Lian He Zao Bao
1 May 2010
Bookmark and Share

A first for Singaporean dancers at the American Ballet Competition

(Translated from the original Chinese article in Lian He Zao Bao, click on image to enlarge)

Young promising dancers, Natalie Lam, 15, and Sarah Kang, 14, became the first Singaporeans to win prizes at the American Ballet Competition when they were each awarded the "Most Promising Dancer" award.

Established in 2004 by Kathe rine C. Kersten and Kee Juan Han, the American Ballet Competition offers a unique educational and performance opportunity for talented young dancers. It exposes contestants to international guest teachers and artists through master classes, coaching sessions and unmatched opportunities to be viewed by professional dance directors from throughout the ballet world.

Striking a balance between schoolwork and interest

Both Natalie and Sarah have been dancing since they were young and both display a keen interest in the performing arts.

Natalie, currently a student in the School of the Arts, has been dancing since she was four years old.Besides enjoying the fun that dancing ballet brings, she has also made a lot of friends along the way. She says, "I've made a lot of good friends with a similar passion in the performing arts at the School of the Arts. All of us get along really well and it has been a great experience learning from one another and watching everyone grow and improve."

Sarah, a student at Singapore Chinese Girls' School, concurs that while dancing may be a lonely art-form, it has steeled her willpower to suceed. She shares, "My friends have often asked me why I train so very hard but I feel that if one is serious about dance, you will feel the joy even when you are training very hard. How can that be a bad thing?"

Both the girls were groomed and recommended for participation in this year's competition by ballet instructor, Mr Cheng Hsienfa. Training had begun a few months before the event and sometimes some sessions even started as late as 8pm after school. Indeed, striking
a balance between schoolwork and their passion for dancing has been very challenging for the young ladies. Sarah says, "When faced with the pressure of schoolwork as well as one's passion for dance, it really becomes a struggle to concentrate on either, and that can be very frustrating."

Keen competition and high standards

The week-long American Ballet Competition was held in March in the United States and the girls had to specially take a week away from Singapore and make a 28 hour flight to Austin, Texas. During this period, they were judged in their participation in 2 days of master classes as well as their presentation of 3 solos from the classical ballet repertoire.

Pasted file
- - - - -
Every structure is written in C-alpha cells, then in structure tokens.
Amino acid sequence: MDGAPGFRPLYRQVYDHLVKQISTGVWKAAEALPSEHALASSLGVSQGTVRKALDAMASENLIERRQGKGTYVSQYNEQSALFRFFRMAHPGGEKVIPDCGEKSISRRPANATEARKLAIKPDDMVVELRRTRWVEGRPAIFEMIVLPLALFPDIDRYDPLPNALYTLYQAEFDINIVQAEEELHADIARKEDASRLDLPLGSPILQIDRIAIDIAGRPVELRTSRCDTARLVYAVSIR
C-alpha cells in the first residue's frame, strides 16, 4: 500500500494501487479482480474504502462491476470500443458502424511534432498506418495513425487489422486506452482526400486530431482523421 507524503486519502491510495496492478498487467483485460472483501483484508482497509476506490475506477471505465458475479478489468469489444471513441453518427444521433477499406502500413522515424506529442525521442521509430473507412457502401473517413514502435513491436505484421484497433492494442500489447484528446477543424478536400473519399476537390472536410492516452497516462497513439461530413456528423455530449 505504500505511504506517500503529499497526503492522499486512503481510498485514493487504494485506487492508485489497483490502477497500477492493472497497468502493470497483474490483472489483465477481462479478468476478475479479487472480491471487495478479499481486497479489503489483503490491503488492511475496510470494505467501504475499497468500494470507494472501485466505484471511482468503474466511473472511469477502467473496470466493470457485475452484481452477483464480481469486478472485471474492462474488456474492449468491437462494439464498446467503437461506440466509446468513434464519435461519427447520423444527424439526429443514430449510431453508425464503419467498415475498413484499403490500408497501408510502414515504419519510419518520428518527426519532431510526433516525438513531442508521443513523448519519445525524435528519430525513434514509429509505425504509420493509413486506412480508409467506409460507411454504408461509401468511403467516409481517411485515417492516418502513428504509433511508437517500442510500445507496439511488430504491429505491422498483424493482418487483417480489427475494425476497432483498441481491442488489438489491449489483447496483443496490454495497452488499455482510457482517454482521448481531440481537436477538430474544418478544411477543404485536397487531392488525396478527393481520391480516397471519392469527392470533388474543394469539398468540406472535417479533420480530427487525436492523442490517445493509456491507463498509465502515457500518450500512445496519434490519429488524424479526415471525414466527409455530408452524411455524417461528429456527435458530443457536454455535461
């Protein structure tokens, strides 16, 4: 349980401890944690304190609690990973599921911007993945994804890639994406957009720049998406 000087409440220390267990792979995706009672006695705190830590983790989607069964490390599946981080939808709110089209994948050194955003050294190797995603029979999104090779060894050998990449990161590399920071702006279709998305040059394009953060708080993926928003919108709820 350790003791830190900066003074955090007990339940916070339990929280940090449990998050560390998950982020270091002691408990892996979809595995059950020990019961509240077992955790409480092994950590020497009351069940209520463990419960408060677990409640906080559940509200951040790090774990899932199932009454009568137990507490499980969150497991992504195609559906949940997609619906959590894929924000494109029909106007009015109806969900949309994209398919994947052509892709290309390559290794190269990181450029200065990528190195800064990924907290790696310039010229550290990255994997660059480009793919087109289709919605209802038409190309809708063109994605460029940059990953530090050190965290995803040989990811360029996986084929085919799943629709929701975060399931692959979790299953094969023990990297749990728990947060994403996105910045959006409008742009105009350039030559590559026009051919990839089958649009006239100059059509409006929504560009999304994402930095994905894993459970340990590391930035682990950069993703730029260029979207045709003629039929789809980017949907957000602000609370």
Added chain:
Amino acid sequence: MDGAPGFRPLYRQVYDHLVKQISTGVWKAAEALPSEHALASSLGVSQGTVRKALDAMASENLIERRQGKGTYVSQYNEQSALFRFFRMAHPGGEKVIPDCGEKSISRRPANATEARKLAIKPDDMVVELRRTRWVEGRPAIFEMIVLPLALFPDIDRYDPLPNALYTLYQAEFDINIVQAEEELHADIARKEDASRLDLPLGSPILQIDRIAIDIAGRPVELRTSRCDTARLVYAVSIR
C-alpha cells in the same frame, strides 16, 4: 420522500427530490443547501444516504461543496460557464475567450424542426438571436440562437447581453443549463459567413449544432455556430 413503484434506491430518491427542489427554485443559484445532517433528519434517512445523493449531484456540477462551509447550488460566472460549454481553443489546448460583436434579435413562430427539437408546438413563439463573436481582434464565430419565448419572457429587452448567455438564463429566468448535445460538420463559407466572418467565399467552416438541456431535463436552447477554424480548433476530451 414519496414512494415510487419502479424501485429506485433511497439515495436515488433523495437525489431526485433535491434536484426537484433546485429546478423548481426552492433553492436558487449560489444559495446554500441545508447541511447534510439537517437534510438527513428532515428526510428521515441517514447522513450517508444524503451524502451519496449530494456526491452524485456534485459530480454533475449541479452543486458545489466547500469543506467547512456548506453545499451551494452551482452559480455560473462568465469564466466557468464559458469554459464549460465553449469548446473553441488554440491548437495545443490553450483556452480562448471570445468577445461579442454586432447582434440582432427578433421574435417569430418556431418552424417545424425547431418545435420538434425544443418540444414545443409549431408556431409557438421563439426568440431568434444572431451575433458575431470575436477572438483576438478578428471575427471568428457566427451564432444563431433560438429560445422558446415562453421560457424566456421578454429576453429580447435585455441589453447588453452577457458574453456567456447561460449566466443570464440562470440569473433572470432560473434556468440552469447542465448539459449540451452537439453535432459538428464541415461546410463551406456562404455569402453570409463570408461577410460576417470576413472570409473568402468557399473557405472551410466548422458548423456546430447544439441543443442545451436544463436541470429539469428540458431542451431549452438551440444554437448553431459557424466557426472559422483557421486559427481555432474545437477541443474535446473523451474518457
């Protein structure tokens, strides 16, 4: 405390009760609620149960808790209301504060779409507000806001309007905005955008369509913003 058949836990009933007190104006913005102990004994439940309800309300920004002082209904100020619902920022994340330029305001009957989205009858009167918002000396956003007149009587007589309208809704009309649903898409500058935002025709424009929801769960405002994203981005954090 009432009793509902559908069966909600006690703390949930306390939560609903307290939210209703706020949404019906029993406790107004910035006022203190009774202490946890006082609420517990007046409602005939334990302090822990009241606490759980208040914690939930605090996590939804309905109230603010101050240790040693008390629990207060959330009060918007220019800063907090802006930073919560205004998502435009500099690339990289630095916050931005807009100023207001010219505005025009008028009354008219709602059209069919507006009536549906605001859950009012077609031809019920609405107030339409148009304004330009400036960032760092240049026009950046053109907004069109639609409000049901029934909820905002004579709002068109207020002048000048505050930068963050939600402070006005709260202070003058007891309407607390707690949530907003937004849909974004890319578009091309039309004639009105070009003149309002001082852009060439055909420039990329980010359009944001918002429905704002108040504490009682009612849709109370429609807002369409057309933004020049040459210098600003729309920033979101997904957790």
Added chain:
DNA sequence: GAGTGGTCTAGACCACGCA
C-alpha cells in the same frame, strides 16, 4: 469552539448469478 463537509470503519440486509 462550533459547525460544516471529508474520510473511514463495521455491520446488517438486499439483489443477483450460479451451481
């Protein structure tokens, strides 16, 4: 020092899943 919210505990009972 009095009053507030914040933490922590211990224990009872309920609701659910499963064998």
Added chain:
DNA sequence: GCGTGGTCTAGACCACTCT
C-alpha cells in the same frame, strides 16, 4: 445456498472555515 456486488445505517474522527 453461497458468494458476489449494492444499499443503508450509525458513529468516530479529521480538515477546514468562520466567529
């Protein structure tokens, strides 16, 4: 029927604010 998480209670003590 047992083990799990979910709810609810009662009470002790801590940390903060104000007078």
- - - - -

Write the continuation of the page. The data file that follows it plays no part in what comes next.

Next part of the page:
Unfortunately, the effects of jet lag did take its toll on the young dancers. Natalie, in particular, had felt extremely tired during the start of the master classes. Moreover,the stiff competition and the high standards displayed by the other participants made her feel that the chances of winning anything was extremely low.

"There were about 20 competitors from America and the rest of the world participating in this competition and they were all technically very proficient and had a wealth of experience participating in other similar competitions before. Therefore, I was genuinely surprised when I learnt of my award.", she says.

Sarah added that the sheer nervousness caused by the intense pressure had made her perspire profusely despite the cold weather in Austin.

Despite their reservations, Natalie and Sarah were both awarded the "Most Promising Dancer" prize based on their outstanding performance during the event. Both girls feel that the award will keep them sharply focussed on achieving their best in dance.

Interestingly, when quizzed about their most unforgettable experience during the competition, both of them agreed that it was that it was the 28 hour long haul flight back home. "It was unforgettable not because it was such a lengthy journey back to Singapore, but because of the sheer happiness of sharing the joy of winning a prize with a good friend that made the 28 hours seem very much shorter than it really was!", said Sarah.